Causality & Temporality in Educational Technology

This piece is a conglomeration of ideas that have been swirling around in my head for months now and this is my first attempt at actually putting them into words.  We'll see how it turns out.

I am of the persuasion that the field of educational technology - and education in general actually - could use a bit more reflection, a bit more philosophical reasoning to help ground the discipline(s).  I've gotten to a place as a graduate student and scholar where I just can't take too many surface level concerns any more because my responses always seem to be a band-aid on an enormous wound of misunderstanding.  These misunderstandings abound in these two fields - and not just by the layperson or policymaker or administrator - by educators and educational scholars alike.  They've just got it plain wrong and there needs to be some clearness created for more foundational conversations.

Ultimately, I think that my argument comes down to this:  Stop. Blaming. The. Technology.  That's it.  Just - stop it.  (You could also insert complaining for blaming if you'd like.)

This brings me to the first component mentioned in the title of this post - causality.  You know exactly what I mean and there's no need to cite a dictionary.  One thing "causes" another.

Educators (and most everyone else, too) has the formula incorrect.  Fill-in-the-blank is NOT caused by the technology.

Take for example the question at a conference I was at a month ago from a professor of teacher education.  It went something like, "Look, I like being up with the latest trends and all and all my students bring their phones and laptops to class.  But when it's time for us to get down to business, I need them to listen to my lecture!  How can I get them to stop Facebooking and pay attention to what I'm trying to teach them?  Right now I've banished the laptops from class.  How do you manage kids and their cell phones too?"

So, in short, laptops and cell phones have caused his students to not pay attention in his class and to him.  Thus, to solve the problem, get rid of the laptops and cell phones.  Makes logical sense, no?  And - it just might work - but the formula is broken.  The technology didn't cause the lack of attention.  It could be anything - he doesn't know!  (Although my suspicion would be: one, a lack of clear expectations set by him and two, you're still lecturing?!)

Let's bring in the second component mentioned in the title - temporality.  This one may not be as familiar.  Here I am referencing temporality as an all-encompassing concept to represent how we understand the nature of time.  For example, causality lives within a temporality framework that includes the notion of a "past" or something before a "now" or "present".

To make this concrete let's return to the lecturing teacher education professor example.  He has decided to banish laptops because as he has experienced before from somewhere in his past that if something is serving as a distraction for his students you need to make it go away so that they will then magically pay attention.  Present event includes students on laptops, not paying attention to him and lecture.  Past event then informs present solution - make technology go away.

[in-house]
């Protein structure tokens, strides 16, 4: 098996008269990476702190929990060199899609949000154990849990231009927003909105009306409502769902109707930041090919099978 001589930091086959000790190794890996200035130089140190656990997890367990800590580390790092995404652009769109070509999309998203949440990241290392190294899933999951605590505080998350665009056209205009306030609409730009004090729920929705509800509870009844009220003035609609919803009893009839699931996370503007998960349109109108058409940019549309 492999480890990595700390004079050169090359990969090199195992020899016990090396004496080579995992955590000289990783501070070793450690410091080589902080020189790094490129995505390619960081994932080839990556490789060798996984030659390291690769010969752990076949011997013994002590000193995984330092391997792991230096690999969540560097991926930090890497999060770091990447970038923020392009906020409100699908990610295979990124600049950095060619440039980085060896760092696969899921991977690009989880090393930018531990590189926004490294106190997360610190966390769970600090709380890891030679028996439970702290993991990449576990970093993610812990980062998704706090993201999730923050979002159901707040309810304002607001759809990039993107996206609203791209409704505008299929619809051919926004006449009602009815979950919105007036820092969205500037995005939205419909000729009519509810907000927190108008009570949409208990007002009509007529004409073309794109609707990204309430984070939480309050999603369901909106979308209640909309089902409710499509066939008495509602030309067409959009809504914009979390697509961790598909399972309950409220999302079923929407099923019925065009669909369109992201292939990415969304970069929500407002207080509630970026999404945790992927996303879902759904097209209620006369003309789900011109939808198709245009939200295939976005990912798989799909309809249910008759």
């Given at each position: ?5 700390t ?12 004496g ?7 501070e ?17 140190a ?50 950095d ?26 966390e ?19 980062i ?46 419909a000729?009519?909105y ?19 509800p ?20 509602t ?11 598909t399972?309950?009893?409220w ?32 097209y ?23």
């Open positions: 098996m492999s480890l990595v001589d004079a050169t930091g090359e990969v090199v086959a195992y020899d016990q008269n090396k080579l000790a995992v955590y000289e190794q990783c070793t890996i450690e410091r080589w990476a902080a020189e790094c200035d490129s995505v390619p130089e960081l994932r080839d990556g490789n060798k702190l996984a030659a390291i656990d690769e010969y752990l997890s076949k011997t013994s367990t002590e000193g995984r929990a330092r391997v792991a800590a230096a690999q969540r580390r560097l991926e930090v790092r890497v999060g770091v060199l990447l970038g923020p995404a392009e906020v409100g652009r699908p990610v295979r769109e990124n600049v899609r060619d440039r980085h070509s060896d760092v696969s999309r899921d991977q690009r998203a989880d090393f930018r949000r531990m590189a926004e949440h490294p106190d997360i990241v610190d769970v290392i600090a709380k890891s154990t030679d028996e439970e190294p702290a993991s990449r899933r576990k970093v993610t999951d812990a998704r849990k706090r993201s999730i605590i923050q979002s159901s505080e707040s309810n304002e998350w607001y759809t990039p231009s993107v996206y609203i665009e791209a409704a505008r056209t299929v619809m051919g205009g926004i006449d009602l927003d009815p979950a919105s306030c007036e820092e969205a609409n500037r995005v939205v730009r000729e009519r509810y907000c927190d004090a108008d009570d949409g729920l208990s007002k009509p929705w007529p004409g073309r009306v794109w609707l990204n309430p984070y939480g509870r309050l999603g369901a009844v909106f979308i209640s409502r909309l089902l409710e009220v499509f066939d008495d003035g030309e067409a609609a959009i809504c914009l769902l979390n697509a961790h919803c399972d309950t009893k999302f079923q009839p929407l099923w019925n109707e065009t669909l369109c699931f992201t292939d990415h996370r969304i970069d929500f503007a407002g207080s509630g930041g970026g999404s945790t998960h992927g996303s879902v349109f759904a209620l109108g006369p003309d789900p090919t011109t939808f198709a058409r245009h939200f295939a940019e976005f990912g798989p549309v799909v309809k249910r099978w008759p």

Here's the thing (one of many).  We have not experienced ANYTHING in our pasts that even remotely compare to the what and how and why of technology.  The solutions from the past (and it can be argued that even those old solutions were moot as well) will not and cannot work today.  Rather than depending on our sketchy pasts, WE need to start decided what is going to happen.

And here is where the causality and temporality really come together.  If you read between the lines of the example above you will see that the teacher education professor is speaking as a victim.  He is victimized by the technology, by his students.  Once you frame his question within the context of victimization it is quite easy to realize that he has absolutely no power whatsoever.  The technology does and his students do.

The blame and complain games are about being a victim.  They are driven by the past and not the here and now.  Get out your violins.

Instead of speaking as a victim, what if the instructor turned inward and began reflecting on his practice?  What if he asked his peers and his students to help him figure out what is going on inside him when it comes to technology?  What would happen if he was able to name how he wanted his students to use technology and share with them - authentically - why and where he was coming from?  If you're reading carefully you'll notice a slight shift in the tone and feeling that these sentences/questions have compared to the original question.

Causality is great.  It's awesome.  And it's led to some pretty amazing discoveries and innovations within the natural sciences.  But - big but here - causality is only one way of approaching things.  Even more, I'm not 100% convinced that causality is where we should be focused on within the field of education - but that is another story for another day.

Discussions involving temporality always leave us in a place of greater power and freedom because they help loosen up whatever is keeping us stuck in relation to something that we're upset about or don't understand - which is the past.  The last word you just read?  In the past.  Let it go. ;)

These metaphysical conversations are about the foundations of our lives and they feed directly into how we approach teaching, learning and technology.  We're going to keep learning and technology isn't going away.  It's time to get some things straight - with ourselves and about technology - so that we can best meet the needs of students and the world at large.  Blaming and complaining isn't going to get us there.  Having a say about it - right here and right now - will.

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